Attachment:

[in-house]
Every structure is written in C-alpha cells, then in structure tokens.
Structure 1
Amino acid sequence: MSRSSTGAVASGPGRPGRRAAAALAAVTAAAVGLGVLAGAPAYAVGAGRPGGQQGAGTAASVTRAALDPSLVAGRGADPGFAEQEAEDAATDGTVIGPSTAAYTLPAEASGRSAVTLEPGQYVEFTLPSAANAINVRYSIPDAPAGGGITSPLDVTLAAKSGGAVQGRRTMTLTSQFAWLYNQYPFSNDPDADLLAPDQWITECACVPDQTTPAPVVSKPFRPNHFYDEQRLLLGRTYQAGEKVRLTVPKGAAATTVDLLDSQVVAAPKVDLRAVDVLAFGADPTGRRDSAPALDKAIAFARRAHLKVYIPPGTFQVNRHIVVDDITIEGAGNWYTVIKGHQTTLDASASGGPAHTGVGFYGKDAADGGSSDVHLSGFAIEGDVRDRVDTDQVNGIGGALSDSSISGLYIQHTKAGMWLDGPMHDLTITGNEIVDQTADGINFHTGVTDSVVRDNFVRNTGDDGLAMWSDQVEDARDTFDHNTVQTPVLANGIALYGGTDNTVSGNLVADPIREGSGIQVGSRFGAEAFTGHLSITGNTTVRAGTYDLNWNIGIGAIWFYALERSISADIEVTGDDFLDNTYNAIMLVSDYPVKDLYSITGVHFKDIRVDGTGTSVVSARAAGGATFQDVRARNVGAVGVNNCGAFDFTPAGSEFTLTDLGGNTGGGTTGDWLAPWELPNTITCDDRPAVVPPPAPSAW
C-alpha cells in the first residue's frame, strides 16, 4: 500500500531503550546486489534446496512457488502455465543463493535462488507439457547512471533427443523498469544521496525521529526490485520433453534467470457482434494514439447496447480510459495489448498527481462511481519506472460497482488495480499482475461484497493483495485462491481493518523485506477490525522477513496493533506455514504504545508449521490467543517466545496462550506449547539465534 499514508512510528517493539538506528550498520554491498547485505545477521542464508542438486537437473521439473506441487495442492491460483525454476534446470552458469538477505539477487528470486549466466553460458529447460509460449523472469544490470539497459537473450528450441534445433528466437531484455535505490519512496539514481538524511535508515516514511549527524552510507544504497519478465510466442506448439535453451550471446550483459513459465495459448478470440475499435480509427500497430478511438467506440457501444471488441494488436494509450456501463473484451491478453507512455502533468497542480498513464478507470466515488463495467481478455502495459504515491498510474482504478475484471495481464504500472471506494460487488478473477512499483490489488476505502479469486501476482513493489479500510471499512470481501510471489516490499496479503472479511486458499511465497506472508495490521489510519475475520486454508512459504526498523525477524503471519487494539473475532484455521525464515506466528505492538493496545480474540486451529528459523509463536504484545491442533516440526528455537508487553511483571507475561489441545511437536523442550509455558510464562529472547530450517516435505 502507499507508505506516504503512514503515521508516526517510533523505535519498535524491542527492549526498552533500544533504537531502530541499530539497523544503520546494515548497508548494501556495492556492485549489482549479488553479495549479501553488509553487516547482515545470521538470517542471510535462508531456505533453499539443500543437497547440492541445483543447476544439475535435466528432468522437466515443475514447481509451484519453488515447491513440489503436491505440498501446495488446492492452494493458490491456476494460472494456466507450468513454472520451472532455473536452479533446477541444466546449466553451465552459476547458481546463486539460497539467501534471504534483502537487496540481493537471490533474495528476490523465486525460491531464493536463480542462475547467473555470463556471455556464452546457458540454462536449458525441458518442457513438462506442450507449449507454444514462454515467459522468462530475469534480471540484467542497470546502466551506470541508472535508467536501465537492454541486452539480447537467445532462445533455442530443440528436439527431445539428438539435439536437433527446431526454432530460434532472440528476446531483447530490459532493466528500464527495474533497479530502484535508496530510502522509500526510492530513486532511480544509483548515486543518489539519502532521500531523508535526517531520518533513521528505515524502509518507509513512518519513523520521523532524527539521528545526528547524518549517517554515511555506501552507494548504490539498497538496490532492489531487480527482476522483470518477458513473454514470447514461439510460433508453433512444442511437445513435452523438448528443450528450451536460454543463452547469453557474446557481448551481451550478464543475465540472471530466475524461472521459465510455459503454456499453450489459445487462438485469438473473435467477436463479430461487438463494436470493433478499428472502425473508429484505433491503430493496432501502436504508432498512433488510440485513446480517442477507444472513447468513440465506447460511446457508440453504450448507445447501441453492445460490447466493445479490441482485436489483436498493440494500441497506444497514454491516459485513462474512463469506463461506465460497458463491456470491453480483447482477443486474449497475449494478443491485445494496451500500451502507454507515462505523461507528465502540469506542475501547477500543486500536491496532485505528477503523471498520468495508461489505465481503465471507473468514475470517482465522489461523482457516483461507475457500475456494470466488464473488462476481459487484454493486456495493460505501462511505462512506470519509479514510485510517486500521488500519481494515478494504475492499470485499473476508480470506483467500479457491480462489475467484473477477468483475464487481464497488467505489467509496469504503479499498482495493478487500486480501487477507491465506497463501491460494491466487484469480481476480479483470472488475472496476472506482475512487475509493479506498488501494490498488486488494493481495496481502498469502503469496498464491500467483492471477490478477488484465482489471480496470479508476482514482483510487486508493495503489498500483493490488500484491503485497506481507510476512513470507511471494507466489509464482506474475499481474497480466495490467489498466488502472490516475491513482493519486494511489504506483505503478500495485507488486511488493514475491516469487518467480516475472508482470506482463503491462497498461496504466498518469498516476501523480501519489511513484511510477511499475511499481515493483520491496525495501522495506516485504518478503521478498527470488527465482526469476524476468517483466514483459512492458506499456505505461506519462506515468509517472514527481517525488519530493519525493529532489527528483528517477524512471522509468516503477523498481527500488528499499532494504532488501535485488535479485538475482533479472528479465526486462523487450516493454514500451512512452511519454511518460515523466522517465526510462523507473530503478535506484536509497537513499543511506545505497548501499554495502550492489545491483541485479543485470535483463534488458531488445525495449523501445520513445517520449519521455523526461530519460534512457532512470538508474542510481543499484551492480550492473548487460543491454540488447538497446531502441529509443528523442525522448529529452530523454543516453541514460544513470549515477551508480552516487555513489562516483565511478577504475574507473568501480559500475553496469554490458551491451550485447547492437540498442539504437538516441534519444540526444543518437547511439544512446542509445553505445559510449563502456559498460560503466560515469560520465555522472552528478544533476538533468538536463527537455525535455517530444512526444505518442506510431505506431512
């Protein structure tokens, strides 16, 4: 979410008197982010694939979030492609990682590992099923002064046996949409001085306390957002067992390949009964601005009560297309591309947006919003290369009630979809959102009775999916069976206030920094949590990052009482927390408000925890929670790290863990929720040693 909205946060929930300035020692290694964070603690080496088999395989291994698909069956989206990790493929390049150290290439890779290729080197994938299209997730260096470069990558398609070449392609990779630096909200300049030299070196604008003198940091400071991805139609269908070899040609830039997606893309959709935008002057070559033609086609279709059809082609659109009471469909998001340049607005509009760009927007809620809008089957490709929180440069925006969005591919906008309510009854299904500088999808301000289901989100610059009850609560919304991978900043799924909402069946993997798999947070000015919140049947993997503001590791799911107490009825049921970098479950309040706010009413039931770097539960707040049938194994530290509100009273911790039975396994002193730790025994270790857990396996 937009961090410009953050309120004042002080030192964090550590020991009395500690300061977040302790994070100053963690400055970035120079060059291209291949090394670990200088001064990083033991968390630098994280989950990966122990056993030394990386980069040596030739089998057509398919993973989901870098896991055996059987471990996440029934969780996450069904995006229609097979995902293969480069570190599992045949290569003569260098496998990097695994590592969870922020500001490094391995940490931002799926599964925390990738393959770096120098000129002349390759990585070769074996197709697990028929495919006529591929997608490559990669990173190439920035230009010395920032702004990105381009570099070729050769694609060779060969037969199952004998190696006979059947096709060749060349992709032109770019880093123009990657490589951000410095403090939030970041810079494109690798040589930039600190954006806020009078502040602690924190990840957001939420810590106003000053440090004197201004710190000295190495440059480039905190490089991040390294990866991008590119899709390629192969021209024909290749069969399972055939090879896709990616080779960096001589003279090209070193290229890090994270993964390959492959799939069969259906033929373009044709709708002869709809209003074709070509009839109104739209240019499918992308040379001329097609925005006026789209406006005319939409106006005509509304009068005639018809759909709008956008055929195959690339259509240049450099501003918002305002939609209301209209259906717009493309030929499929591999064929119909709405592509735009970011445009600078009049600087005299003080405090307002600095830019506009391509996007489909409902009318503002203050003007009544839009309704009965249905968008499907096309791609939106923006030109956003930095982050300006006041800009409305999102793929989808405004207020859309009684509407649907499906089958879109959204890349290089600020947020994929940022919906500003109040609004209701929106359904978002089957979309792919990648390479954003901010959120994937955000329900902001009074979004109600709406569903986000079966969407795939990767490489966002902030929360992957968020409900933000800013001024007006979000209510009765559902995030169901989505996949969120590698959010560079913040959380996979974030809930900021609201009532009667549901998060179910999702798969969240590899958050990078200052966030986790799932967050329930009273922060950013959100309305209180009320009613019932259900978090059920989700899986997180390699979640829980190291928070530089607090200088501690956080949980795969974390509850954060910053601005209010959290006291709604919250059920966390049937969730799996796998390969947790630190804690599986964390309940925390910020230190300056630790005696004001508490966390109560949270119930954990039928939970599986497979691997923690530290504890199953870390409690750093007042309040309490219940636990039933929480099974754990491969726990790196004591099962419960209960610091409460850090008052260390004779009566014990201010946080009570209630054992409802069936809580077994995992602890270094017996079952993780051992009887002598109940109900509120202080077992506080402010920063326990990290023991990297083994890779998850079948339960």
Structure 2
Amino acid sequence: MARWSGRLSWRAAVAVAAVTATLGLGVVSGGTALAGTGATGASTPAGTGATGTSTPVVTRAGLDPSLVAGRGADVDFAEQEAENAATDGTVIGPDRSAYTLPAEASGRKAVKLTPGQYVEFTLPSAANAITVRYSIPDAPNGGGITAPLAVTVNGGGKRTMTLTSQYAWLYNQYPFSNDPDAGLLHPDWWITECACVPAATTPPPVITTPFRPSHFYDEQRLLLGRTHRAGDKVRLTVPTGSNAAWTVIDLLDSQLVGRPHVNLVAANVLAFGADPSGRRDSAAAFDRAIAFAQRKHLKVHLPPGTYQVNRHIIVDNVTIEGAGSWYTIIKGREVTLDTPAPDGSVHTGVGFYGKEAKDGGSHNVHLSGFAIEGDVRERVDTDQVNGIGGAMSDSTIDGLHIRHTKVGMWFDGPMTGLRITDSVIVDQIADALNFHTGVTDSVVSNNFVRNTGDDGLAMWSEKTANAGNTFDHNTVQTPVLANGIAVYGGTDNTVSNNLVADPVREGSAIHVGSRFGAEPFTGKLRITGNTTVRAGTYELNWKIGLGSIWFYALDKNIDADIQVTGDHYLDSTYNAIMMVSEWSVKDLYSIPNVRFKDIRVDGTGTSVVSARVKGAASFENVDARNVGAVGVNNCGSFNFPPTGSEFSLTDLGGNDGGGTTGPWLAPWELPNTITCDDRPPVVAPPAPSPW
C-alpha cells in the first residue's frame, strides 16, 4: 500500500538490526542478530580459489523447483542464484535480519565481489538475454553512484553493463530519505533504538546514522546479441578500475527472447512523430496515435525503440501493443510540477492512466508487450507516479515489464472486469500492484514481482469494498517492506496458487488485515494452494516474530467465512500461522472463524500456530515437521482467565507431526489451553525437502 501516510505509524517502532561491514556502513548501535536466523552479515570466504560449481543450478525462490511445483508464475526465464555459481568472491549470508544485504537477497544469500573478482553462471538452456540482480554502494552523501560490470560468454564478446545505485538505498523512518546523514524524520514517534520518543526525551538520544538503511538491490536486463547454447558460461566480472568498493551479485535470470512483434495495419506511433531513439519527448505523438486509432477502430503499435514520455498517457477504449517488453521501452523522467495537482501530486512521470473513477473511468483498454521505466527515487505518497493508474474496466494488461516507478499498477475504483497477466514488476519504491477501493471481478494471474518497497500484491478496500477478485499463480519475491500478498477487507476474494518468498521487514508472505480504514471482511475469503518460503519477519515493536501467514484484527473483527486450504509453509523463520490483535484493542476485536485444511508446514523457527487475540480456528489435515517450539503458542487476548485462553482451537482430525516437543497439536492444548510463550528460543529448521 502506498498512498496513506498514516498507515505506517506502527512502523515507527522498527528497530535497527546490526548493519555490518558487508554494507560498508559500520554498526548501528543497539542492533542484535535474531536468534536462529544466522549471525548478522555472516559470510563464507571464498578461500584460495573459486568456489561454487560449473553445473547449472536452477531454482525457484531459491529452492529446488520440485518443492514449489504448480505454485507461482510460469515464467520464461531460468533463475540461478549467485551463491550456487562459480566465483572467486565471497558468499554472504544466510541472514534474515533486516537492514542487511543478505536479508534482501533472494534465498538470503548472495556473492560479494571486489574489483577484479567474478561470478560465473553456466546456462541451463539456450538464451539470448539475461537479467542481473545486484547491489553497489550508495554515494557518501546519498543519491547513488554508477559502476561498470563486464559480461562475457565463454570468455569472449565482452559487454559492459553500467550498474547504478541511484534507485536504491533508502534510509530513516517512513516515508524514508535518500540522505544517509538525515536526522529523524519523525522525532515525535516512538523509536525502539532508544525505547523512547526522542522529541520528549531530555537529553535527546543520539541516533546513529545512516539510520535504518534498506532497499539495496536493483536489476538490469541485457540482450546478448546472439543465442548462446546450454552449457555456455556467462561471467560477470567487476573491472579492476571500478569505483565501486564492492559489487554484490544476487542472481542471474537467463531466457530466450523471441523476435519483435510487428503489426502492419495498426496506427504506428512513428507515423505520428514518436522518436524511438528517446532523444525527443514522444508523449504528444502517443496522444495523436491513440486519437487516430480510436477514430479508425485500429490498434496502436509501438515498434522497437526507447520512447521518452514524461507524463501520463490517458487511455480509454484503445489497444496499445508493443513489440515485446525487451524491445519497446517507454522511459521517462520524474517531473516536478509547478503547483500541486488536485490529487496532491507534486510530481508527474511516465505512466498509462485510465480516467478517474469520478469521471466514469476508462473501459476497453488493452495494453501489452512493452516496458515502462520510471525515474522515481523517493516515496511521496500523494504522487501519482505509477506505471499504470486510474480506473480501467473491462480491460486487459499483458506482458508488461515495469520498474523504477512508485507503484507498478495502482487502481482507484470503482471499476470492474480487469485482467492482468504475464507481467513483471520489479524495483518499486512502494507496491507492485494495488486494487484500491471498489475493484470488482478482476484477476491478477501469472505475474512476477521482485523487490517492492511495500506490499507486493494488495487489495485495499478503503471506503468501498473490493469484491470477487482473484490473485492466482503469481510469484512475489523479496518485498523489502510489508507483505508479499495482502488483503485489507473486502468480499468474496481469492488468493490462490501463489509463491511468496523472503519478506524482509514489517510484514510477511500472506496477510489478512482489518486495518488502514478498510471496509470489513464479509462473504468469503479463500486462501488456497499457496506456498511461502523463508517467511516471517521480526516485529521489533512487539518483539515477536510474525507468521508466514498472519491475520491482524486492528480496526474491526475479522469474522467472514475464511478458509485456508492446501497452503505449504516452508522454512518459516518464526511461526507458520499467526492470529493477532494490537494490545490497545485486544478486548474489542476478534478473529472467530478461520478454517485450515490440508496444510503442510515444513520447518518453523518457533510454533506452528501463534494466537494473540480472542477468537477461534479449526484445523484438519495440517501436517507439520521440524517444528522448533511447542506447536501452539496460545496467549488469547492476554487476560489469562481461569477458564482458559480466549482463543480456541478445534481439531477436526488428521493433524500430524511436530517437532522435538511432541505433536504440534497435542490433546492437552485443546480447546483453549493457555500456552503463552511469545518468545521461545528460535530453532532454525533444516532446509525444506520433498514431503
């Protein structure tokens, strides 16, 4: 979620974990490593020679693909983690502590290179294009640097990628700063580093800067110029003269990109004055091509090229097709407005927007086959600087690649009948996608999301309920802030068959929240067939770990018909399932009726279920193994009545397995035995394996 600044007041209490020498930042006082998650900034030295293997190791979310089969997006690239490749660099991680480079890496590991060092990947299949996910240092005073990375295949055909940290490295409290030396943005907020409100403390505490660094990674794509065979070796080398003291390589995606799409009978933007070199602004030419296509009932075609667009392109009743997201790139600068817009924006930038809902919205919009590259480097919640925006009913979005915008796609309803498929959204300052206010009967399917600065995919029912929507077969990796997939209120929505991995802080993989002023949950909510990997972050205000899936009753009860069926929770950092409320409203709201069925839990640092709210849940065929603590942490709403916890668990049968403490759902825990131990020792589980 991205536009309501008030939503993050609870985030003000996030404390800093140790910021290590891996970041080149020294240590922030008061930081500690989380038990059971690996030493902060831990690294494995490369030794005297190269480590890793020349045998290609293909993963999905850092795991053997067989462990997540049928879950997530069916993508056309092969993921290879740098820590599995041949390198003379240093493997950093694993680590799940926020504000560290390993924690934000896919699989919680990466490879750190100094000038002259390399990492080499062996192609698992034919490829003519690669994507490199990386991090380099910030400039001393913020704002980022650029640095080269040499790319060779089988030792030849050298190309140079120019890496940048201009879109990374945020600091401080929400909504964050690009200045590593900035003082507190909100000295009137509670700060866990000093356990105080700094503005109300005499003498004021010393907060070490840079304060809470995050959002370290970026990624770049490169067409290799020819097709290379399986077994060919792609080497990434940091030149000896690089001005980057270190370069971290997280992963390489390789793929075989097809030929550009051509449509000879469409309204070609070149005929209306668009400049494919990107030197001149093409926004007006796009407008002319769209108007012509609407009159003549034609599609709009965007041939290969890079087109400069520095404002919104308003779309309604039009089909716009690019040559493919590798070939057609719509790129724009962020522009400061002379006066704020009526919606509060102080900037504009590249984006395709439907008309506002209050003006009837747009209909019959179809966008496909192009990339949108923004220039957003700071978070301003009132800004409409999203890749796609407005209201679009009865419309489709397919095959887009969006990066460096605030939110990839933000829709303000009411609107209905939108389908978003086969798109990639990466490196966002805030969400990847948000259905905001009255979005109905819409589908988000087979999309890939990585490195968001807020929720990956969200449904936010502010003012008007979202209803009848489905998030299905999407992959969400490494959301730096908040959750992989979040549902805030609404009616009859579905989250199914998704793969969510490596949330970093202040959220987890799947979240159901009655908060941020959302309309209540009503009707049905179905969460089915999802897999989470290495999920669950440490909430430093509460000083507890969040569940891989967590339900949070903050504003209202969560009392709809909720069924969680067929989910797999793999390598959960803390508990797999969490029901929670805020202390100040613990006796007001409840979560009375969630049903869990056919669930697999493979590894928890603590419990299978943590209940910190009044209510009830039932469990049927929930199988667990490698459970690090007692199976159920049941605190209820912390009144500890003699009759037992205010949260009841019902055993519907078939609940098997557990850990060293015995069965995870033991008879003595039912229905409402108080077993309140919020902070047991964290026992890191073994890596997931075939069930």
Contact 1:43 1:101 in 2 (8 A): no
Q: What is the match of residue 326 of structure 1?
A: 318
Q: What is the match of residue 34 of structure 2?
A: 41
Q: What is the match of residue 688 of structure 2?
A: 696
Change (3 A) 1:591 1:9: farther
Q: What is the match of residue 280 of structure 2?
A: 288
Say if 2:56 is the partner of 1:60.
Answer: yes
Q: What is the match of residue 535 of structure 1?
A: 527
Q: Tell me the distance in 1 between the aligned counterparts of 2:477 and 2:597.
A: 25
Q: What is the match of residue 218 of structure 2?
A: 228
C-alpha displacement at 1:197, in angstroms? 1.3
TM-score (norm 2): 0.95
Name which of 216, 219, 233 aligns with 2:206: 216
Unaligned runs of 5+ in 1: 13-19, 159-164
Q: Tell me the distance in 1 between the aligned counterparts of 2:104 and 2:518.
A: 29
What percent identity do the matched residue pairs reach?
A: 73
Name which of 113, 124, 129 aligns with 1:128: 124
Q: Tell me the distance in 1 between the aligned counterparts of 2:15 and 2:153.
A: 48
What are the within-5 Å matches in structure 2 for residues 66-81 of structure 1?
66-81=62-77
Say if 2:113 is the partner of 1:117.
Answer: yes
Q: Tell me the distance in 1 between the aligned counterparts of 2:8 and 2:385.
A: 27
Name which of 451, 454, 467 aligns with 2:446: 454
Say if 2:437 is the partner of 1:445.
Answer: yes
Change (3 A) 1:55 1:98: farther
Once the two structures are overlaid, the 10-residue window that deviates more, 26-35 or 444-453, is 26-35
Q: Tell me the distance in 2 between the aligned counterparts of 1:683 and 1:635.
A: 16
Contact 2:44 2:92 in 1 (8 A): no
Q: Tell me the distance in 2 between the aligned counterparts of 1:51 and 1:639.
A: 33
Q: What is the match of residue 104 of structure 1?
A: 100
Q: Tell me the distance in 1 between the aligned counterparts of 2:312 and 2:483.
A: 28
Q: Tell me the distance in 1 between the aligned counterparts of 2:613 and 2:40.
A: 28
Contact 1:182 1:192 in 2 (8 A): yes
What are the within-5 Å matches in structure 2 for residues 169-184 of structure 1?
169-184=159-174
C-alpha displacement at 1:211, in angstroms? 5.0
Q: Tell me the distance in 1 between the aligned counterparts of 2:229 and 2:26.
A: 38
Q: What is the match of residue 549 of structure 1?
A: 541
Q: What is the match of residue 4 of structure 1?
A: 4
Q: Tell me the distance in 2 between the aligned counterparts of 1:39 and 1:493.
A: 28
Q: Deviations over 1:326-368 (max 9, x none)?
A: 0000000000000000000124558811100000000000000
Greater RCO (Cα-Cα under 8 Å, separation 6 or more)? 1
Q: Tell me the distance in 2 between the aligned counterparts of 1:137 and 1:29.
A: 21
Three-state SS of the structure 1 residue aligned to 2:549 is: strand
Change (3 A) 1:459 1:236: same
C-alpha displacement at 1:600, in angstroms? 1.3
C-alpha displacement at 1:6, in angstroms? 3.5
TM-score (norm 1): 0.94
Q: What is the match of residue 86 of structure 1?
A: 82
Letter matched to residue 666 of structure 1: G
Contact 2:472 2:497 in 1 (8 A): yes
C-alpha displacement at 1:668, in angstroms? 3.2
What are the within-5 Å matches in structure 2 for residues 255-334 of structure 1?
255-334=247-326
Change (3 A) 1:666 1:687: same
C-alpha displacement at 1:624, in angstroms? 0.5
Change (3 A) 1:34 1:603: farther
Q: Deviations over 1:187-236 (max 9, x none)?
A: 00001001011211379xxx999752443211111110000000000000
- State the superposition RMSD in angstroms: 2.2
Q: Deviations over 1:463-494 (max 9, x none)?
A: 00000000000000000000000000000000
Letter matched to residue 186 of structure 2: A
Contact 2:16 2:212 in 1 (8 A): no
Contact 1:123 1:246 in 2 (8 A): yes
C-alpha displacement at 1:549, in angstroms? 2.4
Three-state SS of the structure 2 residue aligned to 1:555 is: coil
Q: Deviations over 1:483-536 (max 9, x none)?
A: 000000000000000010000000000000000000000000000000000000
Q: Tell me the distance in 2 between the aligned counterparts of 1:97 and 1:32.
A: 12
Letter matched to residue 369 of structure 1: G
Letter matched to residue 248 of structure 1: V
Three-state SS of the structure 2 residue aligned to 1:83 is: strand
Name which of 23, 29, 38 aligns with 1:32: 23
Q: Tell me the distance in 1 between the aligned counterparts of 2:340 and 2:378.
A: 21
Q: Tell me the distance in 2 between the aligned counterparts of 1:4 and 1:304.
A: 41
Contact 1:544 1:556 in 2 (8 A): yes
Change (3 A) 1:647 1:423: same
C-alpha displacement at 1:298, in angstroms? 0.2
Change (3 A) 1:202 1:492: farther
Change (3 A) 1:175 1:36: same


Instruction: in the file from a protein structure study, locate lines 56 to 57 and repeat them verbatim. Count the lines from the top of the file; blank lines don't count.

Q: What is the match of residue 104 of structure 1?
A: 100